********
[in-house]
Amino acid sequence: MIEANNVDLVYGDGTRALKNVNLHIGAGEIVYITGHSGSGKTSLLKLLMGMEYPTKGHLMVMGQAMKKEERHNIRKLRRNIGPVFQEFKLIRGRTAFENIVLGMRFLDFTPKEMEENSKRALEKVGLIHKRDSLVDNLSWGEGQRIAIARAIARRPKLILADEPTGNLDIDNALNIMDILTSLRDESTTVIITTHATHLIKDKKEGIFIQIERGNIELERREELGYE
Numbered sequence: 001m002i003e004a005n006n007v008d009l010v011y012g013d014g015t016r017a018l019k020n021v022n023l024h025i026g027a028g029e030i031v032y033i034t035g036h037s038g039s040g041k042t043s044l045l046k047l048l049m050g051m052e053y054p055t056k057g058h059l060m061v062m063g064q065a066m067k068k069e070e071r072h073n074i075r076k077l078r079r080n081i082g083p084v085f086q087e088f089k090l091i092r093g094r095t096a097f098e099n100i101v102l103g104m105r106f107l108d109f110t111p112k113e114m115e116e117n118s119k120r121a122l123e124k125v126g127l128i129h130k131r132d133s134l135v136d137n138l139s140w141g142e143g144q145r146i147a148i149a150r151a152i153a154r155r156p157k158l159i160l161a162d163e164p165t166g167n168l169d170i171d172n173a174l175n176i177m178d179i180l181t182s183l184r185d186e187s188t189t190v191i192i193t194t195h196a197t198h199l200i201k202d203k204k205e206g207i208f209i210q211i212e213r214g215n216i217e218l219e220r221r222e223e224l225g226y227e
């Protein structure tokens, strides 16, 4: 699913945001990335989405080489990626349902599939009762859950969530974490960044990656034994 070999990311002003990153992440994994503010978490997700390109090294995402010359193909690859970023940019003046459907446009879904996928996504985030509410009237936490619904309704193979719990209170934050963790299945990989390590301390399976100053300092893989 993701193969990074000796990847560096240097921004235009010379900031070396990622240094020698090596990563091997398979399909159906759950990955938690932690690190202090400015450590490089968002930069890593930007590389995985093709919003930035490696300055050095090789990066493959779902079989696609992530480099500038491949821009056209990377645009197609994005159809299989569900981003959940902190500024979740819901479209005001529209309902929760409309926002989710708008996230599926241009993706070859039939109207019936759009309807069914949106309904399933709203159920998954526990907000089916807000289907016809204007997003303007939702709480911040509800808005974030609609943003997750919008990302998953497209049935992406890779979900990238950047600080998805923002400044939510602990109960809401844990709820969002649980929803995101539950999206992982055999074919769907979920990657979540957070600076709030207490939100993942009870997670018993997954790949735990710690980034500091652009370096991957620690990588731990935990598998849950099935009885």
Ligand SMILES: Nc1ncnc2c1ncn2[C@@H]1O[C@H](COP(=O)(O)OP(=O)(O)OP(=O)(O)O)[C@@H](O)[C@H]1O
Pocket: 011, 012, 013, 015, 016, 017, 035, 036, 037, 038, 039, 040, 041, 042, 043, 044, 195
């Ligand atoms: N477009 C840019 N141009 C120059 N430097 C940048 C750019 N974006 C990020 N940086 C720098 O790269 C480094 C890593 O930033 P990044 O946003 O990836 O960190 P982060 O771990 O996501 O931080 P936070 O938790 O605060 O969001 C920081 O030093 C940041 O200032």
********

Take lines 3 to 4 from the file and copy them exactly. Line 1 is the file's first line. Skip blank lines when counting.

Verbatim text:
Numbered sequence: 001m002i003e004a005n006n007v008d009l010v011y012g013d014g015t016r017a018l019k020n021v022n023l024h025i026g027a028g029e030i031v032y033i034t035g036h037s038g039s040g041k042t043s044l045l046k047l048l049m050g051m052e053y054p055t056k057g058h059l060m061v062m063g064q065a066m067k068k069e070e071r072h073n074i075r076k077l078r079r080n081i082g083p084v085f086q087e088f089k090l091i092r093g094r095t096a097f098e099n100i101v102l103g104m105r106f107l108d109f110t111p112k113e114m115e116e117n118s119k120r121a122l123e124k125v126g127l128i129h130k131r132d133s134l135v136d137n138l139s140w141g142e143g144q145r146i147a148i149a150r151a152i153a154r155r156p157k158l159i160l161a162d163e164p165t166g167n168l169d170i171d172n173a174l175n176i177m178d179i180l181t182s183l184r185d186e187s188t189t190v191i192i193t194t195h196a197t198h199l200i201k202d203k204k205e206g207i208f209i210q211i212e213r214g215n216i217e218l219e220r221r222e223e224l225g226y227e
């Protein structure tokens, strides 16, 4: 699913945001990335989405080489990626349902599939009762859950969530974490960044990656034994 070999990311002003990153992440994994503010978490997700390109090294995402010359193909690859970023940019003046459907446009879904996928996504985030509410009237936490619904309704193979719990209170934050963790299945990989390590301390399976100053300092893989 993701193969990074000796990847560096240097921004235009010379900031070396990622240094020698090596990563091997398979399909159906759950990955938690932690690190202090400015450590490089968002930069890593930007590389995985093709919003930035490696300055050095090789990066493959779902079989696609992530480099500038491949821009056209990377645009197609994005159809299989569900981003959940902190500024979740819901479209005001529209309902929760409309926002989710708008996230599926241009993706070859039939109207019936759009309807069914949106309904399933709203159920998954526990907000089916807000289907016809204007997003303007939702709480911040509800808005974030609609943003997750919008990302998953497209049935992406890779979900990238950047600080998805923002400044939510602990109960809401844990709820969002649980929803995101539950999206992982055999074919769907979920990657979540957070600076709030207490939100993942009870997670018993997954790949735990710690980034500091652009370096991957620690990588731990935990598998849950099935009885």